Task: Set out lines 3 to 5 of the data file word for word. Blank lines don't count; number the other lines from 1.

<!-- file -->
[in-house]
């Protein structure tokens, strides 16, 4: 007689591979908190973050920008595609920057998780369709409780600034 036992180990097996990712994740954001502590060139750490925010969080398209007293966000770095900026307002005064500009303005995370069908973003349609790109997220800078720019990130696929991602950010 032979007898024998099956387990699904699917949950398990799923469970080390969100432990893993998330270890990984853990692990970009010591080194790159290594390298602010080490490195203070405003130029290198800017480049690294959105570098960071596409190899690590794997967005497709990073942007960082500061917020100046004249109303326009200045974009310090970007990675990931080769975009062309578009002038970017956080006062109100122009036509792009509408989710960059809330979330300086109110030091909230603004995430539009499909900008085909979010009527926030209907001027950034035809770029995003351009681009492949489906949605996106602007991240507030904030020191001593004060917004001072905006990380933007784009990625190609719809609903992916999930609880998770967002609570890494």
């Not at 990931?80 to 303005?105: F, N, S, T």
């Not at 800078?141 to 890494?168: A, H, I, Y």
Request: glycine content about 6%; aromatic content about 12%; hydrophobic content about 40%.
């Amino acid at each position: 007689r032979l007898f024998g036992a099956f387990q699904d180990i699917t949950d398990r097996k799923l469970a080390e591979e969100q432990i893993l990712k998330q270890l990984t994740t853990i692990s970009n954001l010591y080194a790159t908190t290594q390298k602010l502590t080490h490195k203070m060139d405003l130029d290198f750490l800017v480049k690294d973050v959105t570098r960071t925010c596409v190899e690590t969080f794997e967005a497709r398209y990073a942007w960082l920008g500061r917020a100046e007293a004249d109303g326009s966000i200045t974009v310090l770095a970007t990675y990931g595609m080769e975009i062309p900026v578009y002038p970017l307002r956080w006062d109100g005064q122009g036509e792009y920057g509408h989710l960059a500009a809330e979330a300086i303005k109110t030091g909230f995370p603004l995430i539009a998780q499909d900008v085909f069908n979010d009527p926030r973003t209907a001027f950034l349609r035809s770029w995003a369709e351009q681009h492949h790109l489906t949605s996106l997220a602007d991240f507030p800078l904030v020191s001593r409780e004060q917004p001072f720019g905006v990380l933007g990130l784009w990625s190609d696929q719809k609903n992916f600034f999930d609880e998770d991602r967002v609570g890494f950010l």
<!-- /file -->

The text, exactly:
């Not at 990931?80 to 303005?105: F, N, S, T």
């Not at 800078?141 to 890494?168: A, H, I, Y």
Request: glycine content about 6%; aromatic content about 12%; hydrophobic content about 40%.